Kramer said leadership of System had traditionally been viewed as under the purview of the Democratic Party. 

Ross, a Democrat, served as president from 2011 until 2016 — when he was forced to resign. Many have since speculated that this was for merely political reasons. 

“There’s no question after Republicans took control of the legislature, they aimed to get a Republican System president," Whichard said.

Whichard said he recalled hearing rumors about Board of Governors candidates being asked if they would be willing to vote to remove the president — who, at the time, was Ross. 

Ross said the party in control of the legislature used to generally hold a majority of BOG members, but the other party was also always well-represented. 

“When you had both parties, and substantial numbers on the Board, the partisan politics were not brought into the room because they were too easy to be identified and called out,” Ross said. “So I think that was helpful to the System to have that blend of people from both political parties on the Board; it tended to reduce the parts of politics.”

But Ross said during his presidency, and since then, this bipartisanship has changed, with the legislature choosing to appoint more partisan voices to the BOG. 

“The question always comes up is, do they have an allegiance to their appointing or electing authority that they end up doing their bidding, as opposed to doing what's best for (a) university and exercising their independent judgment,” Ross said. “But I'm sure there are specific instances of all those things in the past that you could uncover.”

In November, The Daily Tar Heel found that 21 members had political contributions tied to Republicans, and only eight to Democrats.  

“The Senate selects people who they believe are capable of making sound decisions and who agree that affordability in education is a top priority,” a spokesperson for N.C. Senate President Pro Tempore Phil Berger said in a statement. “We expect those people to think and act for themselves and use their own best judgment.”

Media representatives for N.C. House Speaker Tim Moore did not respond to requests for comment.

BOG, Silent Sam and the future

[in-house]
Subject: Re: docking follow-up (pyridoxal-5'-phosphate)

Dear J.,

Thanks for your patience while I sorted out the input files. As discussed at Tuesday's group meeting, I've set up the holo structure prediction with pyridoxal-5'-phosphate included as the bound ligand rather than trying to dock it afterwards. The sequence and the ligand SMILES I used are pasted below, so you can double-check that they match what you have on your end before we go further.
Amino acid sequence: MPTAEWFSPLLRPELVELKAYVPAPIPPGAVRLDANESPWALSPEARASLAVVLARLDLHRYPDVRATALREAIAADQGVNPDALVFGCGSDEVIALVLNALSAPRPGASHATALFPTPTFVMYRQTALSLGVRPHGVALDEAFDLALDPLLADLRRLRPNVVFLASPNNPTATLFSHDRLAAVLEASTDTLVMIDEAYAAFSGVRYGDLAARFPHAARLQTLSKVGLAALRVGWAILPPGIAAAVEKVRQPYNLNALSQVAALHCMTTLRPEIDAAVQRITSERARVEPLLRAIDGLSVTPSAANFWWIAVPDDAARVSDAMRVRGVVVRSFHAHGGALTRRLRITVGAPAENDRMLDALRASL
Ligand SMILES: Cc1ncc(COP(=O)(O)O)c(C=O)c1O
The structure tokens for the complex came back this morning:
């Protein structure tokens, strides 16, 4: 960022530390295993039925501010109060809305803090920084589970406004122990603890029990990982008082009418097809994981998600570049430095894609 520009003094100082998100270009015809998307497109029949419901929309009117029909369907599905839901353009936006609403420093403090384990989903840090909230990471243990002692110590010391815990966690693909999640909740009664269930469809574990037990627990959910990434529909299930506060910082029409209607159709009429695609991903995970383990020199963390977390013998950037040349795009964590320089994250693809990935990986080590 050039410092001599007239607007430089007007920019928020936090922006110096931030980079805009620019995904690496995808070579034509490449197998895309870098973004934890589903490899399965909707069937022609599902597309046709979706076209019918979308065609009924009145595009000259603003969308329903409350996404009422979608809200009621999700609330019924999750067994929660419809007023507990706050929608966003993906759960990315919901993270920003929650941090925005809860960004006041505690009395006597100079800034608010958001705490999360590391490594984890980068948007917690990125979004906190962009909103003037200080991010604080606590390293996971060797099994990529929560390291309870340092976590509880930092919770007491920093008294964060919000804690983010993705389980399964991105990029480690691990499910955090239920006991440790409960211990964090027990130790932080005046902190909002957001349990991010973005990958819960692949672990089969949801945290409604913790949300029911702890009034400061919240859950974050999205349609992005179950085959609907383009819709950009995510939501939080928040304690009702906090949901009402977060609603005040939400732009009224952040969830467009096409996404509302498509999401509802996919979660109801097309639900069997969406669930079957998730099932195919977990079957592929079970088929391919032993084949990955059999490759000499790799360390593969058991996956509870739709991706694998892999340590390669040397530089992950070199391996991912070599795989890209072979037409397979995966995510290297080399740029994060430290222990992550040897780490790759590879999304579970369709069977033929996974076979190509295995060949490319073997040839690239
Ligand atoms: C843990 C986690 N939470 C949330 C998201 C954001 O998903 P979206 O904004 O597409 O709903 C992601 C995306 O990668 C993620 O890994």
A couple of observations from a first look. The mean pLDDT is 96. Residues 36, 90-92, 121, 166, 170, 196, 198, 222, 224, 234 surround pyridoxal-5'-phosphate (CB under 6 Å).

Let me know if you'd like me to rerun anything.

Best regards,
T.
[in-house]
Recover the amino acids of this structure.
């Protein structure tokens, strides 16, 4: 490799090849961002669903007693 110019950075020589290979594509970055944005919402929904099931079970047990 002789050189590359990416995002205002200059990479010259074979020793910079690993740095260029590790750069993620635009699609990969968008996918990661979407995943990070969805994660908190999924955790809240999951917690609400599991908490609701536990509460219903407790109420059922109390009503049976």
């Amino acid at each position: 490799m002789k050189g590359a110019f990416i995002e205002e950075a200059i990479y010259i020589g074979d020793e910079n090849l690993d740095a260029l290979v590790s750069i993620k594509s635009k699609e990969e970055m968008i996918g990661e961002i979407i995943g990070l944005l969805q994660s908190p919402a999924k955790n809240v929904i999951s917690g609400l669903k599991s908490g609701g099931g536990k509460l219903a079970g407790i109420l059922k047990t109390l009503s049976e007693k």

In February, The Daily Tar Heel reported that it appeared the Board misled the public on the role of five BOG members in the November 2019 Silent Sam monument settlement with the N.C. Sons of Confederate Veterans.

Kramer said that the settlement was an example of the Board of Governors taking action without being engaged with the people on the local campus. 

“The Silent Sam issue had a big impact on the ways in which the faculty view the Board of Governors, it wasn't the only issue,” Kramer said. "There's also a feeling that the Board of Governors has not understood the ways in which the University has suffered from budget cuts.”

Kramer said the BOG has not been as active in promoting the needs of the University.

Part of the challenge the Board of Governors faces is leading an institution different than their own experiences, Kramer said.

“This is one of the anomalies of the System, that the universities have to figure out how to sustain and protect and defend their academic programs, but often in conjunction with people who are not so deeply aware of how academic institutions might function,” Kramer said.

Media representatives for the UNC System did not respond to requests for comment by the time of publication.

Regardless, Ross said he is hopeful for the future of higher education.

“Higher education is more important than ever, and has been a real separator, I think, for North Carolina,” Ross said. “So I hope the Board and legislature understand that and will continue to give it full support.”